Weekly Policy Update: World Antimicrobial Awareness Week + Cures 2.0 & PASTEUR Act
By: Colorado BioScience Association Date: 11/24/2021
World Antimicrobial Awareness Week, hosted by the World Health Organization last week, focused on increasing awareness of global antimicrobial resistance (AMR). and encouraging best practices among the general public, health workers, and policymakers to avoid the further emergence and spread of drug-resistant infections. Over 700,000 people worldwide die every year from AMR infections. Without new antibiotics and antimicrobials, AMR infections could impact ten million people by 2050.
AMR infections occur when bacteria, viruses, fungi, and parasites no longer respond to medicines, making common infections harder to treat and increasing the risk of disease spread, severe illness, and death. Many factors have accelerated the threat of AMR worldwide, including the overuse and misuse of medicines in humans, livestock, and agriculture, as well as poor access to clean water, sanitation, and hygiene.
Colorado’s Congressional Delegation and in particular Congresswoman Diana DeGette and Senator Michael Bennet have taken the lead in addressing the emerging threat AMR infections pose to our communities. In addition to understanding the necessity of ensuring the nation is better prepared to deal with future public health emergencies.
21st Century Cures 2.0 Act
Notably, last week also saw the introduction of the 21st Century Cures 2.0 Act, sponsored by Reps. Diana DeGette and Fred Upton (MI-06). The Act includes provisions related to pandemic preparedness. It also includes measures to modernize and increase diversity in clinical trials by using patient experience data and real-world evidence. The legislation authorizes $6.5B to create the Advanced Research Projects Agency for Health (ARPA-H) which would be housed within the National Institutes of Health (NIH).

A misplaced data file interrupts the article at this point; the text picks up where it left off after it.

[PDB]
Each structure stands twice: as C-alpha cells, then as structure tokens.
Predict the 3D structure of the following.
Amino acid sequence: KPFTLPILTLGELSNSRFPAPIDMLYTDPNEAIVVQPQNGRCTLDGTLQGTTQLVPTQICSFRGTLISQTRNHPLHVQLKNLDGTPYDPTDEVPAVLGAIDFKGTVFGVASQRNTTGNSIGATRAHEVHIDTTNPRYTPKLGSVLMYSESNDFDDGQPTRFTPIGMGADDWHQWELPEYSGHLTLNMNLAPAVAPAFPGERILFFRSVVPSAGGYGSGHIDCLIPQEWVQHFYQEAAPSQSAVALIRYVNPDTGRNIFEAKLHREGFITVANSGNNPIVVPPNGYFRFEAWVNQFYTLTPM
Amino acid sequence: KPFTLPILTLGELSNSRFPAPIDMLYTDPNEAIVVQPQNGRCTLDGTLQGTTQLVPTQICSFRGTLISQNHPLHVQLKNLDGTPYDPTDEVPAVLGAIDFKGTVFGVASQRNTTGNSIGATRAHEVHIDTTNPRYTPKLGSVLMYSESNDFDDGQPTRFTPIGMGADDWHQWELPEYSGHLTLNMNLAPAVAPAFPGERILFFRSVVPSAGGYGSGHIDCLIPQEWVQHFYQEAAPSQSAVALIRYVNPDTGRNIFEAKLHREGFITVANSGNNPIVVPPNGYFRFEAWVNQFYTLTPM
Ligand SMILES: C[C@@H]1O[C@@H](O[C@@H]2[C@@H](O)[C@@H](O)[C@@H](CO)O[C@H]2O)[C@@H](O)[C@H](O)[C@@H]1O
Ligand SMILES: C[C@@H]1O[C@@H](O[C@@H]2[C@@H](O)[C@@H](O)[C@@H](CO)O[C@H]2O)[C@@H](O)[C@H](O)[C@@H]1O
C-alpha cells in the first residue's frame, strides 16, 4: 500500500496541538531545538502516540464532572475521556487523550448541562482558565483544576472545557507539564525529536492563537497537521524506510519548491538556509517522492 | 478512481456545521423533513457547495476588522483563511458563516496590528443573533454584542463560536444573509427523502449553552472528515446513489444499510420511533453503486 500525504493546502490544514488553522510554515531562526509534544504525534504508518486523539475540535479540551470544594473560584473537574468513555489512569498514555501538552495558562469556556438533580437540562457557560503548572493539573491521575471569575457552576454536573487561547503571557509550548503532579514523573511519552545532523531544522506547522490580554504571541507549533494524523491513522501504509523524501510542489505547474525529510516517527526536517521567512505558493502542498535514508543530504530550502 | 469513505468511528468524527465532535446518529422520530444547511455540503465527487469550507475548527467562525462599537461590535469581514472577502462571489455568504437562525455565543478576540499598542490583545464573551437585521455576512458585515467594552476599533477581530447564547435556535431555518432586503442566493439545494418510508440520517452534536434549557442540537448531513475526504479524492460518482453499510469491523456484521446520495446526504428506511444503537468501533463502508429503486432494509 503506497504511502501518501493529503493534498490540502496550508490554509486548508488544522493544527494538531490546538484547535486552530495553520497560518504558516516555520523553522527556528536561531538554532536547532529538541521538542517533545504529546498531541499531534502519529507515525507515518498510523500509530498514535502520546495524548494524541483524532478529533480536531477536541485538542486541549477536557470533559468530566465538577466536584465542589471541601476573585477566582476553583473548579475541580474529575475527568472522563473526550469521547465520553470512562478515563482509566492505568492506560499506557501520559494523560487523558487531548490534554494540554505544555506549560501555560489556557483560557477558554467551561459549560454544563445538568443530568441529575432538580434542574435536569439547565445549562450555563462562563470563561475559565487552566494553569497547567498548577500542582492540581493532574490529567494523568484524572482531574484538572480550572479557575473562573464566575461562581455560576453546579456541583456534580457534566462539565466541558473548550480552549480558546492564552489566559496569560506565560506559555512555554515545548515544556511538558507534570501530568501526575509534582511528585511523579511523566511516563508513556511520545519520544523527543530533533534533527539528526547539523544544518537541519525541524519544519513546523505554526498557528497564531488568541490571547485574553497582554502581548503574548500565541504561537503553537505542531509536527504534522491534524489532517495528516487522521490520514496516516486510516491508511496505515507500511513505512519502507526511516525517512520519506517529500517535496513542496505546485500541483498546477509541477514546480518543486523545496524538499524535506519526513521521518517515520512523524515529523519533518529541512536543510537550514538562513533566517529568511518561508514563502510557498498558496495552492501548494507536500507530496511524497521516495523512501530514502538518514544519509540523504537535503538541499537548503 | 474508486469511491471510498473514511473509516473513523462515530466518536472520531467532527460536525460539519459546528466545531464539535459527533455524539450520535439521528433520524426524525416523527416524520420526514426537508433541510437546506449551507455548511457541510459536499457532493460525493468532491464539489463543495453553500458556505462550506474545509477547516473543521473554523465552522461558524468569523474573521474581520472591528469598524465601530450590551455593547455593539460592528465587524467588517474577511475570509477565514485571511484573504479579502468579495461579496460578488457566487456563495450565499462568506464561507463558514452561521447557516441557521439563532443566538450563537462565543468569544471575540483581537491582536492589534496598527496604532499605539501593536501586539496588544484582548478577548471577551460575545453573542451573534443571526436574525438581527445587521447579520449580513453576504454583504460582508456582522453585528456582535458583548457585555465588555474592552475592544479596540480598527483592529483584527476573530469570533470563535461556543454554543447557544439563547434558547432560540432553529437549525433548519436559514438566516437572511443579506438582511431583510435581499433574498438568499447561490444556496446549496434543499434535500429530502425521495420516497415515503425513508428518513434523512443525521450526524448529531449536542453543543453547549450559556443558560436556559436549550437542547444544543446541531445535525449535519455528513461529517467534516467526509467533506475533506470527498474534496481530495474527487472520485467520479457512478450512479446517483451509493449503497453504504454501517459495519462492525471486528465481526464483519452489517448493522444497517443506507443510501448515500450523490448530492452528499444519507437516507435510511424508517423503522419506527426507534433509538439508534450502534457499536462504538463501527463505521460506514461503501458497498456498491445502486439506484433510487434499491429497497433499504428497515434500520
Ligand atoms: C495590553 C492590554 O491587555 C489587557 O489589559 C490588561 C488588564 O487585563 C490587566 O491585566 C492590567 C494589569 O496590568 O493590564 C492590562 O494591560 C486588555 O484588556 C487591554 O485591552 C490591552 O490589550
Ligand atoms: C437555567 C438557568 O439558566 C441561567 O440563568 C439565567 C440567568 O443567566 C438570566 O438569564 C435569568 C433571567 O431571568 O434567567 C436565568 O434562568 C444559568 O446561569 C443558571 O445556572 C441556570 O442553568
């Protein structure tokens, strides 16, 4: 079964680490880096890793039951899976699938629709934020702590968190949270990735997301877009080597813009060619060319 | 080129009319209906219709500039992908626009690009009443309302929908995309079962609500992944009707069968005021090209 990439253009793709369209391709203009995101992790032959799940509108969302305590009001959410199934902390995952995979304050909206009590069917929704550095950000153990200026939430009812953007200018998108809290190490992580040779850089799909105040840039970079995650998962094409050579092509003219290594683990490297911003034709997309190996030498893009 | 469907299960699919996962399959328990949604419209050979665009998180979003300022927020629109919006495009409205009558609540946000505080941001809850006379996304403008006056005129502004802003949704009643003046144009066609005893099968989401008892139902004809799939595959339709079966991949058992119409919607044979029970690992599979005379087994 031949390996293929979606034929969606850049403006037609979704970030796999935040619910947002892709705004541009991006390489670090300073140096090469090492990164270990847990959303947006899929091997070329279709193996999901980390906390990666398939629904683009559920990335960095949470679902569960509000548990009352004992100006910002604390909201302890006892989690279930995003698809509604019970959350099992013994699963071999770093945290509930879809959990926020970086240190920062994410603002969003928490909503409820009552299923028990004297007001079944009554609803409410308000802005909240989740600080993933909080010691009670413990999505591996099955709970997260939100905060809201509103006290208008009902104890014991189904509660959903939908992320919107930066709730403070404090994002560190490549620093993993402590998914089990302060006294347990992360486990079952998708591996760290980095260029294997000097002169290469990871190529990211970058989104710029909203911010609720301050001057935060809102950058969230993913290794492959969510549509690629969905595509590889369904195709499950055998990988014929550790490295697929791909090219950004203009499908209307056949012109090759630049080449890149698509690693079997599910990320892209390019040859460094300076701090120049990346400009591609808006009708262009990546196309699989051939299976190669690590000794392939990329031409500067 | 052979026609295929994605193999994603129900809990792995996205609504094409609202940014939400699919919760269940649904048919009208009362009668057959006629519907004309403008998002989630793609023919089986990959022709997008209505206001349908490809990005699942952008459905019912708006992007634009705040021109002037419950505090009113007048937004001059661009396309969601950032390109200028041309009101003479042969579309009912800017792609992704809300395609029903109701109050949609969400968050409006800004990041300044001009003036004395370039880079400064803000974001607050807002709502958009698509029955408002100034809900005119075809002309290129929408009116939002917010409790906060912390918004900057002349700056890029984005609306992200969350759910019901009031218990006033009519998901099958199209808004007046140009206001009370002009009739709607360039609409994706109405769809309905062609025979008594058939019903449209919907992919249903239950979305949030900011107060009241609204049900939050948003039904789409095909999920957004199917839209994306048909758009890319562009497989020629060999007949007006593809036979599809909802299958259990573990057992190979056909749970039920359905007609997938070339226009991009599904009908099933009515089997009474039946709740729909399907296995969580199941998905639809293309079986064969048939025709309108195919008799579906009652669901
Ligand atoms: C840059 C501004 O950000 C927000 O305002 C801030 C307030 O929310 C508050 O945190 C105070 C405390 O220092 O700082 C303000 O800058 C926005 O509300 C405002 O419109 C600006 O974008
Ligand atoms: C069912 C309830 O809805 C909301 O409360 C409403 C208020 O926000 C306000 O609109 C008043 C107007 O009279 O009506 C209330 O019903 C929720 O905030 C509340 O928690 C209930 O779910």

CBSA hosted a virtual roundtable discussion with Congresswoman DeGette last year where the Act was the focal point of the conversation. The roundtable was a great opportunity for CBSA and our members to showcase the critical health innovations being developed and delivered by our ecosystem and to provide meaningful feedback on policy ideas that aim to modernize the delivery of new treatments for patients globally.
Senator Michael Bennet’s Pioneering Antimicrobial Subscriptions to End Up Surging Resistance (PASTEUR) Act seeks to stabilize the AMR market. The legislation is now included in the 21st Century Cures 2.0 Act. The market for AMR products faces unique challenges. This is because generally, the profit from a new drug is related to the number of patients who take it, but for antimicrobial products, increased use of a drug will ultimately lead to resistance. New drugs are actually intended to have limited use, which undermines the normal incentives for manufacturers to invest in the development of new products.
The PASTEUR Act would create new incentives through a subscription reimbursement model, in which the federal government would enter into a subscription contract with a drug developer if they receive a ‘critical need antimicrobial’ designation. CBSA is encouraged that the Act could be an effective strategy to promote the development of new antimicrobial medications to fight drug-resistant infections. The Association provided the Senator’s Office with a comment letter last year outlining support for the Act along with giving feedback on areas of improvement to enhance the critical legislation. And the Act has been a topic of conversation in follow-up conversations with the Office over the past year.
Along with the PASTEUR Act, the Developing an Innovative Strategy for Antimicrobial Resistant Microorganisms (DISARM), originally sponsored by Senators Bob Casey (D-PA) and Johnny Isakson (R-GA) in 2019, would alter the hospital payment system to incentivize the use of newer antimicrobial drugs when appropriate.
CBSA appreciates Congresswoman DeGette and Senator Bennet’s leadership on these critical pieces of legislation that will modernize the development and delivery of life-changing innovations. Along with strengthening the development pipeline for antimicrobial products and accelerating the breakthrough work of Colorado companies focused on drug-resistant infections.